Capel Manor is London’s only specialist centre for land-based studies, and Capel Manor College is now a working estate where students and staff can gain ‘hands-on’ experience of all aspects of land based studies. The original 17th-century garden has been much overlaid but some of the trees in the grounds probably date from the 18th century. Theme gardens have been created by the college to trace the history of gardens and gardening.
Capel Manor Horticultural and Environmental Centre is on part of an earlier manor acquired in 1486 by Sir William Capel, whose family was later involved in the creation of Kew Gardens. In the C16th the manor was surrendered to the Crown and then went through a number of private owners. In 1812 the estate was sold off in lots, the house eventually purchased in 1840 by James Warren, whose family owned the property until 1932. The last private owner was Lt Col Sydney Medcalf who was interested in horticulture and horses, planting numerous evergreen shrubs. After 1958 the estate and gardens became neglected but, at the suggestion of local horticulturist Frances Perry, it was acquired by Enfield Council in 1968 and opened as an agricultural college. The original C17th garden has been much overlaid but some of the trees in the grounds probably date from the C18th. Theme gardens have been created by the college to trace the history of gardens and gardening.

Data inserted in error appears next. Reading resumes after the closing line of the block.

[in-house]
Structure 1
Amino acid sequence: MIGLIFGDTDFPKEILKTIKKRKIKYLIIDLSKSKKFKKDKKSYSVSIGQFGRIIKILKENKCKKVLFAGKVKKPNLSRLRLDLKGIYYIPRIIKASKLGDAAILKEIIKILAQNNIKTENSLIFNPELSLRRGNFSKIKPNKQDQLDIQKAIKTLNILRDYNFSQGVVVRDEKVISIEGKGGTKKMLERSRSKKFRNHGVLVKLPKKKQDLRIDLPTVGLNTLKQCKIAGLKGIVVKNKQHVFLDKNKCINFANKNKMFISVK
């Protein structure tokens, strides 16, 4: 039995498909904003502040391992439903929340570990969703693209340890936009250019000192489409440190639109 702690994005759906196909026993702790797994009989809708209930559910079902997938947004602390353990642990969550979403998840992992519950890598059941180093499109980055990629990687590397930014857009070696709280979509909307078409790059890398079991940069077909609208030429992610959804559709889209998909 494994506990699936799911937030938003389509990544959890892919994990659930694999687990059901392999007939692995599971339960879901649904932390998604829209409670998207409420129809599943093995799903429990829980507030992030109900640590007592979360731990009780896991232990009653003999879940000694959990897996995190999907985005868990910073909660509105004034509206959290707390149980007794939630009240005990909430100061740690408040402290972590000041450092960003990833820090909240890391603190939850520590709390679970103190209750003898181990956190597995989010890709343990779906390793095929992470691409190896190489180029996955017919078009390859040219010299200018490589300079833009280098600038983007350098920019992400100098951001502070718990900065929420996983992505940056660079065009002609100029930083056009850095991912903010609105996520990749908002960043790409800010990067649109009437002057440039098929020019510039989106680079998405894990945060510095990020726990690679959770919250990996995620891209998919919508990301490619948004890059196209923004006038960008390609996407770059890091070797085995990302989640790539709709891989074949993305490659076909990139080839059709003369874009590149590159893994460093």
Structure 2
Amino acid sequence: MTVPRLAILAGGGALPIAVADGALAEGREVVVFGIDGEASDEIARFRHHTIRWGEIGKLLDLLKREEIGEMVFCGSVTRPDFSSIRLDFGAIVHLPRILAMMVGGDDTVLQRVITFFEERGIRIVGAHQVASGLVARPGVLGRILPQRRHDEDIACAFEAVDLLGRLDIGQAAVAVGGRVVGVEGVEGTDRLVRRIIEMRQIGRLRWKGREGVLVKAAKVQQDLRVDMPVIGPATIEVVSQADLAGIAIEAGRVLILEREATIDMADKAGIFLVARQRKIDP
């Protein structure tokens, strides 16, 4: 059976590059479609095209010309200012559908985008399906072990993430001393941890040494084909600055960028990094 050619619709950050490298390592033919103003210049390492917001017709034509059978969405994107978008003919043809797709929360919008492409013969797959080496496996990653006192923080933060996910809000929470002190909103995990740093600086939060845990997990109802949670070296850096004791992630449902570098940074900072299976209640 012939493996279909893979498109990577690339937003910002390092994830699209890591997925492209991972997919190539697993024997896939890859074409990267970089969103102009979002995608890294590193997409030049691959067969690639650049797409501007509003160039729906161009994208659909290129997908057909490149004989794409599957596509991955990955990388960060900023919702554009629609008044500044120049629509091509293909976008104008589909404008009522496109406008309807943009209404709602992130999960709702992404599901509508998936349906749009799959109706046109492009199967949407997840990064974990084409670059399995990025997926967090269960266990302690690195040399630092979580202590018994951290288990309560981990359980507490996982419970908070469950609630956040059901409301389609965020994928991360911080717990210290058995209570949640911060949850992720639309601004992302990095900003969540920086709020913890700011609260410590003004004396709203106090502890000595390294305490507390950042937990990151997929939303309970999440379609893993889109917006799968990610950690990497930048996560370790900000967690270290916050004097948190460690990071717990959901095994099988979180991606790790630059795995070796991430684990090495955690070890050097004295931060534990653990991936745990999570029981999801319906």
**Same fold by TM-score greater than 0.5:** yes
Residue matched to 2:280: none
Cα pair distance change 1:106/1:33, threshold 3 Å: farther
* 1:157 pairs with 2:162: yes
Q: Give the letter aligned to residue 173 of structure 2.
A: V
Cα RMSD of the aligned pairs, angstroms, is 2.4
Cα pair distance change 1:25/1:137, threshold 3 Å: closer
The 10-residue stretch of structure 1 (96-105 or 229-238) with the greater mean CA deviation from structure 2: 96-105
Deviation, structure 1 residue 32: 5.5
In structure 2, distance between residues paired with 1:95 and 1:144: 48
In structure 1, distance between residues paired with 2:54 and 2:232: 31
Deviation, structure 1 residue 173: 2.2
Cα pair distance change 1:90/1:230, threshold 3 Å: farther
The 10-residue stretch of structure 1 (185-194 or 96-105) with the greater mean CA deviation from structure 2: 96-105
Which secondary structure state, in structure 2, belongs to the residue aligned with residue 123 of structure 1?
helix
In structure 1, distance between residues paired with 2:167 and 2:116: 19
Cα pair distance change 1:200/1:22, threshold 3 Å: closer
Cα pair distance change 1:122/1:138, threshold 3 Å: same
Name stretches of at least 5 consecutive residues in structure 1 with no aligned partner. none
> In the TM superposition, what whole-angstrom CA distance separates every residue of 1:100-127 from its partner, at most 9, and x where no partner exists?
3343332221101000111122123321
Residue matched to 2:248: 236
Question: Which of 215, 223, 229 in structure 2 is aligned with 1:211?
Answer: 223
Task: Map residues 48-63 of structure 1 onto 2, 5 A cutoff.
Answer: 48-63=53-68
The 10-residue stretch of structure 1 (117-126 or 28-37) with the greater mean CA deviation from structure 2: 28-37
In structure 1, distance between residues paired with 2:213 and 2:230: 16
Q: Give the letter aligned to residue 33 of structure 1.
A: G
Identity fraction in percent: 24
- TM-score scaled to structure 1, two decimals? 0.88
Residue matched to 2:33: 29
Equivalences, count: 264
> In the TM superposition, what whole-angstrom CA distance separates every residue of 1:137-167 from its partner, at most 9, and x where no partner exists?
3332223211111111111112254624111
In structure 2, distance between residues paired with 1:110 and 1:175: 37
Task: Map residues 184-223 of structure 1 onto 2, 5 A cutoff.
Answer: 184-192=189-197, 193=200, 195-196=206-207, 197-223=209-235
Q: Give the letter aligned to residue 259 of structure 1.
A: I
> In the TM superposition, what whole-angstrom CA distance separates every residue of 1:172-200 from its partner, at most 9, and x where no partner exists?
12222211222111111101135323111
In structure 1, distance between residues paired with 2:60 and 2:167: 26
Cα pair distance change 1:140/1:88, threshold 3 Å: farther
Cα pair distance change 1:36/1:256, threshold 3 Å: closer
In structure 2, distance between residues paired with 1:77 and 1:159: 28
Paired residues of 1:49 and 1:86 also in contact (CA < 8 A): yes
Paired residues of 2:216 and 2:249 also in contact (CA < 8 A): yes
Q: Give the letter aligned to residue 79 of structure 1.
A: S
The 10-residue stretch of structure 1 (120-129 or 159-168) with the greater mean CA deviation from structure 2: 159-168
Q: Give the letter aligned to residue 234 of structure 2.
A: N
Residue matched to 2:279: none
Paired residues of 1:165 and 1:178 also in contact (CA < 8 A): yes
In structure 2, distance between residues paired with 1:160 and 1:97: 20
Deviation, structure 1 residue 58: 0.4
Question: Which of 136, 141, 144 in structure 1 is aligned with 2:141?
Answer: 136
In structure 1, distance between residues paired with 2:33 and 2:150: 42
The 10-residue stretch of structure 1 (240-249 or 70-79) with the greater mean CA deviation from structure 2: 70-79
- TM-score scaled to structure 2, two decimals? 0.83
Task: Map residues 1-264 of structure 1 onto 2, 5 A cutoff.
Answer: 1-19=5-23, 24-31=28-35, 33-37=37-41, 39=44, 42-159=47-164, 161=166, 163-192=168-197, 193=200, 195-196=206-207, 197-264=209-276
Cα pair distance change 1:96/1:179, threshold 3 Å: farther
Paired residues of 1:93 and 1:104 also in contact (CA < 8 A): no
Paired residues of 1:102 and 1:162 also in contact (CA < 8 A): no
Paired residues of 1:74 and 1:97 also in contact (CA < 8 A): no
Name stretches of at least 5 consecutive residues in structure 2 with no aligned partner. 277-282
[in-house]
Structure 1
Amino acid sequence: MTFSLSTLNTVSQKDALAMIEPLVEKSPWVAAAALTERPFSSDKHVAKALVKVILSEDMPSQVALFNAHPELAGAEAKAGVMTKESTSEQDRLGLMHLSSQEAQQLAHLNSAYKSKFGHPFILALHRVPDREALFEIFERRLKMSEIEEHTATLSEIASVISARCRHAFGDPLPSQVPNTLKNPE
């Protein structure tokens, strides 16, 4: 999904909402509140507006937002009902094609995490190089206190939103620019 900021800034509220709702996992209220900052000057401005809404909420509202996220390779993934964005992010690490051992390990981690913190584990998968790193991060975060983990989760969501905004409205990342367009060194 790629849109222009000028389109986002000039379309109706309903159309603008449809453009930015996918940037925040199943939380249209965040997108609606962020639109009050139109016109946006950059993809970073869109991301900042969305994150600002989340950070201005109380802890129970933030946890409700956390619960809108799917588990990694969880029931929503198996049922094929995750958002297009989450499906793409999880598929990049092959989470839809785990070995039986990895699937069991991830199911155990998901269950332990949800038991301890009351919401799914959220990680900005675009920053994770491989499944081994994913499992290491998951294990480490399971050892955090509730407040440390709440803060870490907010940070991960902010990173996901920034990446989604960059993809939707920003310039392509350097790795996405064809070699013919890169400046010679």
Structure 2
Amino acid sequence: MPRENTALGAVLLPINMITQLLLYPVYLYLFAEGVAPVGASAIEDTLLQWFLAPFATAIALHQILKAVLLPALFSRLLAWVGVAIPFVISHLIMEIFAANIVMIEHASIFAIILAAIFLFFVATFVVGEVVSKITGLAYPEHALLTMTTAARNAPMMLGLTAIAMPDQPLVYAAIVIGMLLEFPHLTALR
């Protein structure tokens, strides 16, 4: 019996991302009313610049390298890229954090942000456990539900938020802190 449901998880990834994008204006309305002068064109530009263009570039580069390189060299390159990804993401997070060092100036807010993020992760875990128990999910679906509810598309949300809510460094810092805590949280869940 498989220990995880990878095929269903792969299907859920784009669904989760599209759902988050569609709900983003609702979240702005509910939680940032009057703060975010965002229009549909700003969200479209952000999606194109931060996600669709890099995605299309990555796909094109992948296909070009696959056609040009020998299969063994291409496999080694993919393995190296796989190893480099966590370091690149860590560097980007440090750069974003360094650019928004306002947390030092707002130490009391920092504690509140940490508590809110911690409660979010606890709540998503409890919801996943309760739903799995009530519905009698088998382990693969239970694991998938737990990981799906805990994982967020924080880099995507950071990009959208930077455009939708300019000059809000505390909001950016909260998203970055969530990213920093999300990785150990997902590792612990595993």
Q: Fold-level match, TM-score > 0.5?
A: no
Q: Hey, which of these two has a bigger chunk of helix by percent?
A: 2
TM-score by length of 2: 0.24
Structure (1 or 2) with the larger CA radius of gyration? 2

Revd George Hodson (Church History) and Edward Ford (General History), 'A History of Enfield in the County of Middlesex including its Royal and Ancient Manors, the Chase and the Duchy of Lancaster, with Notices of its Worthies, and its Natural History, Etc. Also an account of The Church and the Charities, and a History of the New River' (Enfield Press, printed by J H Meyers, 1873); Janet Rushton 'The History of Capel Manor' (1993); Bridget Cherry & Nikolaus Pevsner, The Buildings of England: London 4: North (Penguin, 1998); Arthur Mee 'The King's England: London North of the Thames except the City and Westminster' (Hodder & Stoughton Ltd, 1972); Capel Manor leaflets; The Paul Drury Partnership for LB Enfield, 'Forty Hill Conservation Area Character Appraisal', 2009
- Visitor Access, Directions & Contacts
Rail: Enfield Town then bus; Turkey Street. Bus 217, 310, 311, 317.
Capel Manor Horticultural and Environmental Centre
- Features & Designations
- Reference: Forty Hill
Local Listing or Building of Local Importance
- Reference: Enfield Chase Heritage Area AOSC (Area of Special Character)
- Key Information
Open to the public
London Parks and Gardens Trust